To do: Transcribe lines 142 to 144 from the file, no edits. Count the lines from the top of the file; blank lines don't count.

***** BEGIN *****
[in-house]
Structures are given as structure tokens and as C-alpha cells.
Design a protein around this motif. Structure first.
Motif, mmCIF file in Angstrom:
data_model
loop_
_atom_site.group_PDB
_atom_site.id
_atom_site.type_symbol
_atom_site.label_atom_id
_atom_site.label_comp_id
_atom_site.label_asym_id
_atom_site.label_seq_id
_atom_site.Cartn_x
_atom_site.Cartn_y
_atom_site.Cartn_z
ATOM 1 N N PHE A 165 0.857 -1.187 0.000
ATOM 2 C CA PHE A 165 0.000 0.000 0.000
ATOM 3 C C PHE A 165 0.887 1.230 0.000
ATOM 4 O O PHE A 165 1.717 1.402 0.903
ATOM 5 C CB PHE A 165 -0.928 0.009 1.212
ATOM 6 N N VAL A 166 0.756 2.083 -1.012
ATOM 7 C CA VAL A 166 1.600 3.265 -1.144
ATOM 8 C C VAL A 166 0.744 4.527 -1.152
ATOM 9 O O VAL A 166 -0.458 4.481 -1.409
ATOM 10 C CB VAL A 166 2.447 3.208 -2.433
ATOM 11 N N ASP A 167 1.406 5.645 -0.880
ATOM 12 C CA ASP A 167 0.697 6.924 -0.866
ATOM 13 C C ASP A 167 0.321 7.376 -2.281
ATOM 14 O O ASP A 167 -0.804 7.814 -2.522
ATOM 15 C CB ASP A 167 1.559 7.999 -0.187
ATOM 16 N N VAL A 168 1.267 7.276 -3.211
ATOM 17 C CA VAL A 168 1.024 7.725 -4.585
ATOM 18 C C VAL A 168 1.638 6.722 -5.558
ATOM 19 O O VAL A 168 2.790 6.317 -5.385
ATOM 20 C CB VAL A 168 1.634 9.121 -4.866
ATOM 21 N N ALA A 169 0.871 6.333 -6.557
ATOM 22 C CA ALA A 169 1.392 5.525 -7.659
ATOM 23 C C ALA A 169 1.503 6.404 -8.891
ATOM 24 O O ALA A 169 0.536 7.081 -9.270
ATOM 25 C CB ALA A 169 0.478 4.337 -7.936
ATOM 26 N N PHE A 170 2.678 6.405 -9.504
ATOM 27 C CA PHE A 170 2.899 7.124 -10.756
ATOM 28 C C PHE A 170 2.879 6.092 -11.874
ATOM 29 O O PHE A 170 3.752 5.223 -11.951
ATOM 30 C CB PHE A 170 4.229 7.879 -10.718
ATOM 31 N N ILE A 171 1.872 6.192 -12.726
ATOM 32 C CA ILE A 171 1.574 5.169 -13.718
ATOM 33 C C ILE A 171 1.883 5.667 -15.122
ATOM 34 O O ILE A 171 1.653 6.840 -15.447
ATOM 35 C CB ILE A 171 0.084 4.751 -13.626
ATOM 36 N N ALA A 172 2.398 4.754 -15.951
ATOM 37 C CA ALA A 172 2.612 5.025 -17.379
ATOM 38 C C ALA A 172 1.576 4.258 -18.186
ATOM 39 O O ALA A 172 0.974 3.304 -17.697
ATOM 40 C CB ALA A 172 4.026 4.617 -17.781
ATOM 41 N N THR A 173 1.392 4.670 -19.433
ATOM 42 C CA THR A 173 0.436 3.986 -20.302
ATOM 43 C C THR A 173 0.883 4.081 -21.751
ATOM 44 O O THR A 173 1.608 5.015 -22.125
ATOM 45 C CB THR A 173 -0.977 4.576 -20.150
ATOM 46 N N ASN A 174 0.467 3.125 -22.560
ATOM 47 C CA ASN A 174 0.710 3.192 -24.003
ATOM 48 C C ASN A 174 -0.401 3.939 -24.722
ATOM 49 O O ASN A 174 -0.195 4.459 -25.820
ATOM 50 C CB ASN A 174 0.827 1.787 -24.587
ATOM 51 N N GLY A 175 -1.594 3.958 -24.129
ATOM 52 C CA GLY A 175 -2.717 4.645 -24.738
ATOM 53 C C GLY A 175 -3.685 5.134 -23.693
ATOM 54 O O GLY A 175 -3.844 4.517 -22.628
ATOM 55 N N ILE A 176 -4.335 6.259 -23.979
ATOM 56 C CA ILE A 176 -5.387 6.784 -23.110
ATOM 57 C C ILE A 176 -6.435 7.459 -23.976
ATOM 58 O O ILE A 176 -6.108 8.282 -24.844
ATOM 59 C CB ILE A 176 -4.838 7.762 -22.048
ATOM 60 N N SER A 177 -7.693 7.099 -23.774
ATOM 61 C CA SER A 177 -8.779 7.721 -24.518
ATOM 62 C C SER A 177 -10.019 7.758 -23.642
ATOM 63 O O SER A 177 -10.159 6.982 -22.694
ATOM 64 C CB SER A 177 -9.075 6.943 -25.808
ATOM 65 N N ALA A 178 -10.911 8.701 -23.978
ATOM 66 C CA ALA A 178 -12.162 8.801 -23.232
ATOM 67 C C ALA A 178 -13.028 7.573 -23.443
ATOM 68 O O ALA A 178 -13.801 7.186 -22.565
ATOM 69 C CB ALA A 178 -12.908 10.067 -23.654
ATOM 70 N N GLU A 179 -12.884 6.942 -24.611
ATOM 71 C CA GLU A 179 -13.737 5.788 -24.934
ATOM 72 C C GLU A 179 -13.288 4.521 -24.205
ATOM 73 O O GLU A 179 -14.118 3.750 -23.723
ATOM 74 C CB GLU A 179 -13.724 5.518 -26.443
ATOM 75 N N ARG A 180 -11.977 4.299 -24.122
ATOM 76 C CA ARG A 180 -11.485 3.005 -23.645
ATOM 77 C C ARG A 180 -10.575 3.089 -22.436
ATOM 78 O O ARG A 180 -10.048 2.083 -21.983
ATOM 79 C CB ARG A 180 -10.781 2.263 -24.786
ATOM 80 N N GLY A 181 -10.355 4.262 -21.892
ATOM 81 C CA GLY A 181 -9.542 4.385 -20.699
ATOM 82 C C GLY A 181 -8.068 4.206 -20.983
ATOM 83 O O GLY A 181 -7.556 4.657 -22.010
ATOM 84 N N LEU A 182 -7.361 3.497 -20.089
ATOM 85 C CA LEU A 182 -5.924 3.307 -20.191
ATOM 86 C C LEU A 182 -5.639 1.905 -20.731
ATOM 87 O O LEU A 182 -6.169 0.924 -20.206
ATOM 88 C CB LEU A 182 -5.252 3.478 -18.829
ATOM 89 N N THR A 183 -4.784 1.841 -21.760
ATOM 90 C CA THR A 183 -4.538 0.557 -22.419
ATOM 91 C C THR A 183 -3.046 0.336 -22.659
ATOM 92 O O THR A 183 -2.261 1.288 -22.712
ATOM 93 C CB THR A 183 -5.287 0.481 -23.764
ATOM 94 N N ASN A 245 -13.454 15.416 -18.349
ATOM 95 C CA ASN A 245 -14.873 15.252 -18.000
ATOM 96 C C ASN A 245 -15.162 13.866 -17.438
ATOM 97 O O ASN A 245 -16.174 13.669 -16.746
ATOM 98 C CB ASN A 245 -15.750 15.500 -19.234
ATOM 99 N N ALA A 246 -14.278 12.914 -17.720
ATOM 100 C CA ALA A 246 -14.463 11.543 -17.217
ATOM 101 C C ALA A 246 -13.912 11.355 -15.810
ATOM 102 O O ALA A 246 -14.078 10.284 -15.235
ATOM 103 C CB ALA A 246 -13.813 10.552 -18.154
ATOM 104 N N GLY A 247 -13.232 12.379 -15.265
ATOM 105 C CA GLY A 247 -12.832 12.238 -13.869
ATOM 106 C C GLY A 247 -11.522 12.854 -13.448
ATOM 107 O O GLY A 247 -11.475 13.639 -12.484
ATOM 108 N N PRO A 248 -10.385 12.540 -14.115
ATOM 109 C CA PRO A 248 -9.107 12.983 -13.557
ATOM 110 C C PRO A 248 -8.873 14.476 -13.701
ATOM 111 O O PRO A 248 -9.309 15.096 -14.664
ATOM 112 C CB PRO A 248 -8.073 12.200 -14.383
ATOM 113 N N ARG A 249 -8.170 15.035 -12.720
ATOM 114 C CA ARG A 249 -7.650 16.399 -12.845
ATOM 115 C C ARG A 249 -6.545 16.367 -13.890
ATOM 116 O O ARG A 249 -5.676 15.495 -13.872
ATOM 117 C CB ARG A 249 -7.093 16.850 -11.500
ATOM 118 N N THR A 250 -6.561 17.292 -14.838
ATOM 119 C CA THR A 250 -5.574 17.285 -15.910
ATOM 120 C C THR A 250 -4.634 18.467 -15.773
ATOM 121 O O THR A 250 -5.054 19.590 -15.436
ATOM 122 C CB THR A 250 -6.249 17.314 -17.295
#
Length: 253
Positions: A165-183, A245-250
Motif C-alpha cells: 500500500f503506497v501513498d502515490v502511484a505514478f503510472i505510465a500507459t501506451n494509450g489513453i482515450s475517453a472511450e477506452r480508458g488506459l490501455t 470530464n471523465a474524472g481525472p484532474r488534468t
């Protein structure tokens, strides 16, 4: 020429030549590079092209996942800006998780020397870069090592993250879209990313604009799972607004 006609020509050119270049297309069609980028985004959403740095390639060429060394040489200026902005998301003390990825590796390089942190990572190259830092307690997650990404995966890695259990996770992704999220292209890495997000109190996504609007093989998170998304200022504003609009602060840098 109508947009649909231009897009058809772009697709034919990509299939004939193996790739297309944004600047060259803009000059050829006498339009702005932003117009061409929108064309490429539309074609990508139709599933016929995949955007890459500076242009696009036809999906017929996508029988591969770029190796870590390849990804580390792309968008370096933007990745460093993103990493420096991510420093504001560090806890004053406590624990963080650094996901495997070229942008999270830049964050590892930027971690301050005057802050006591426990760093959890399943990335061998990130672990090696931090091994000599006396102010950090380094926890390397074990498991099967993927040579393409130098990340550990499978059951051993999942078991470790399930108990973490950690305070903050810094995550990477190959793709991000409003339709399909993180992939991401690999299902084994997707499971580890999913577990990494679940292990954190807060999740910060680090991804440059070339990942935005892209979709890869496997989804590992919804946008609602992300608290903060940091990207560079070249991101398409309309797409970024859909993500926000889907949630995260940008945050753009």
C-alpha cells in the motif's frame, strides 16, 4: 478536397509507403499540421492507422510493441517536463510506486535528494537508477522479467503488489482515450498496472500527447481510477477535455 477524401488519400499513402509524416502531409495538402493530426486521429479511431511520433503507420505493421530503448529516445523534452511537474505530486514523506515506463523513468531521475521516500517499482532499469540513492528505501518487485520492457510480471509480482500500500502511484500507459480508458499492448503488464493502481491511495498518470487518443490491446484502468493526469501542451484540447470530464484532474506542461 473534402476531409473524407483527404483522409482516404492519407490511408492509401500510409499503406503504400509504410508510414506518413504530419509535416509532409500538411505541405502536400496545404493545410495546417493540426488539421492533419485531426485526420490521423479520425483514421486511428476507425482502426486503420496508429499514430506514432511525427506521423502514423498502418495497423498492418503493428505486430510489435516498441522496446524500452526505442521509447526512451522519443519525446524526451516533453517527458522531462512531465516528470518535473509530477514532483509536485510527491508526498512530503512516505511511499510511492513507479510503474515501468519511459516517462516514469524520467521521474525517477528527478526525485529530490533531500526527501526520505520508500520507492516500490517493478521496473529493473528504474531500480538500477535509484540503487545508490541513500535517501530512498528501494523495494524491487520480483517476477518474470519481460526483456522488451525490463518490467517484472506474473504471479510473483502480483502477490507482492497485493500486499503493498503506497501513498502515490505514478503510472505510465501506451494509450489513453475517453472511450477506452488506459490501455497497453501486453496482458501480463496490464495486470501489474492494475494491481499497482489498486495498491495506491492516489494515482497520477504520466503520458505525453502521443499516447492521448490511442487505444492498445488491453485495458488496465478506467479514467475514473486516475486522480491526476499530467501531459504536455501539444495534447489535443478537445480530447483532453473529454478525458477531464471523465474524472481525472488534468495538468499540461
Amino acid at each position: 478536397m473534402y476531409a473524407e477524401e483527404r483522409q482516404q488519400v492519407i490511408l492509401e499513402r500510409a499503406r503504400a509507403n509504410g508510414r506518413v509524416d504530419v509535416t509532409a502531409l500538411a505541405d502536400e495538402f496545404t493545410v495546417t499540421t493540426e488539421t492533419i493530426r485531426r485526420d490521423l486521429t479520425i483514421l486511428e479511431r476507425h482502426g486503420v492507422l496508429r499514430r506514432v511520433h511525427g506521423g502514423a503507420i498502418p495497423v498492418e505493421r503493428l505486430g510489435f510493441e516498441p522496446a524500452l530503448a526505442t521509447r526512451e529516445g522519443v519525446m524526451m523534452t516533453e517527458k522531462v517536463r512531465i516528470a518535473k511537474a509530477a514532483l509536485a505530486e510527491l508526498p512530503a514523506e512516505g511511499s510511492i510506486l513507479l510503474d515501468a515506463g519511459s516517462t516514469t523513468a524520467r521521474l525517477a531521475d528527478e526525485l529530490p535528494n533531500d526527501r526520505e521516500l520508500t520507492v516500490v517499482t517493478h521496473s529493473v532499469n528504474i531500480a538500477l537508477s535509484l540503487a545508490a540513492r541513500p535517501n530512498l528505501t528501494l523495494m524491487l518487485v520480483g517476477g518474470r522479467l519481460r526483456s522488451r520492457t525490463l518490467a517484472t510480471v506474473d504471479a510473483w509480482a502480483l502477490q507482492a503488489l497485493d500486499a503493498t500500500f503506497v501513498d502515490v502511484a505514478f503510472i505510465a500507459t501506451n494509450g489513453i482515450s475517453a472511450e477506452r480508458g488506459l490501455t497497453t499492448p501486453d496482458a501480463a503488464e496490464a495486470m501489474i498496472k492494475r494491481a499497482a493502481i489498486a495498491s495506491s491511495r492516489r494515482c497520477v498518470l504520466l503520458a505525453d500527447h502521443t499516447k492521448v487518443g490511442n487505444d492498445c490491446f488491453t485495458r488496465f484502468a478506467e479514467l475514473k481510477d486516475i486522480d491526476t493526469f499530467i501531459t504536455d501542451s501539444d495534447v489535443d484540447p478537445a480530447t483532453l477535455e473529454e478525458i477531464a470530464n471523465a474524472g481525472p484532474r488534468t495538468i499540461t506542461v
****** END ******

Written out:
Motif C-alpha cells: 500500500f503506497v501513498d502515490v502511484a505514478f503510472i505510465a500507459t501506451n494509450g489513453i482515450s475517453a472511450e477506452r480508458g488506459l490501455t 470530464n471523465a474524472g481525472p484532474r488534468t
């Protein structure tokens, strides 16, 4: 020429030549590079092209996942800006998780020397870069090592993250879209990313604009799972607004 006609020509050119270049297309069609980028985004959403740095390639060429060394040489200026902005998301003390990825590796390089942190990572190259830092307690997650990404995966890695259990996770992704999220292209890495997000109190996504609007093989998170998304200022504003609009602060840098 109508947009649909231009897009058809772009697709034919990509299939004939193996790739297309944004600047060259803009000059050829006498339009702005932003117009061409929108064309490429539309074609990508139709599933016929995949955007890459500076242009696009036809999906017929996508029988591969770029190796870590390849990804580390792309968008370096933007990745460093993103990493420096991510420093504001560090806890004053406590624990963080650094996901495997070229942008999270830049964050590892930027971690301050005057802050006591426990760093959890399943990335061998990130672990090696931090091994000599006396102010950090380094926890390397074990498991099967993927040579393409130098990340550990499978059951051993999942078991470790399930108990973490950690305070903050810094995550990477190959793709991000409003339709399909993180992939991401690999299902084994997707499971580890999913577990990494679940292990954190807060999740910060680090991804440059070339990942935005892209979709890869496997989804590992919804946008609602992300608290903060940091990207560079070249991101398409309309797409970024859909993500926000889907949630995260940008945050753009």
C-alpha cells in the motif's frame, strides 16, 4: 478536397509507403499540421492507422510493441517536463510506486535528494537508477522479467503488489482515450498496472500527447481510477477535455 477524401488519400499513402509524416502531409495538402493530426486521429479511431511520433503507420505493421530503448529516445523534452511537474505530486514523506515506463523513468531521475521516500517499482532499469540513492528505501518487485520492457510480471509480482500500500502511484500507459480508458499492448503488464493502481491511495498518470487518443490491446484502468493526469501542451484540447470530464484532474506542461 473534402476531409473524407483527404483522409482516404492519407490511408492509401500510409499503406503504400509504410508510414506518413504530419509535416509532409500538411505541405502536400496545404493545410495546417493540426488539421492533419485531426485526420490521423479520425483514421486511428476507425482502426486503420496508429499514430506514432511525427506521423502514423498502418495497423498492418503493428505486430510489435516498441522496446524500452526505442521509447526512451522519443519525446524526451516533453517527458522531462512531465516528470518535473509530477514532483509536485510527491508526498512530503512516505511511499510511492513507479510503474515501468519511459516517462516514469524520467521521474525517477528527478526525485529530490533531500526527501526520505520508500520507492516500490517493478521496473529493473528504474531500480538500477535509484540503487545508490541513500535517501530512498528501494523495494524491487520480483517476477518474470519481460526483456522488451525490463518490467517484472506474473504471479510473483502480483502477490507482492497485493500486499503493498503506497501513498502515490505514478503510472505510465501506451494509450489513453475517453472511450477506452488506459490501455497497453501486453496482458501480463496490464495486470501489474492494475494491481499497482489498486495498491495506491492516489494515482497520477504520466503520458505525453502521443499516447492521448490511442487505444492498445488491453485495458488496465478506467479514467475514473486516475486522480491526476499530467501531459504536455501539444495534447489535443478537445480530447483532453473529454478525458477531464471523465474524472481525472488534468495538468499540461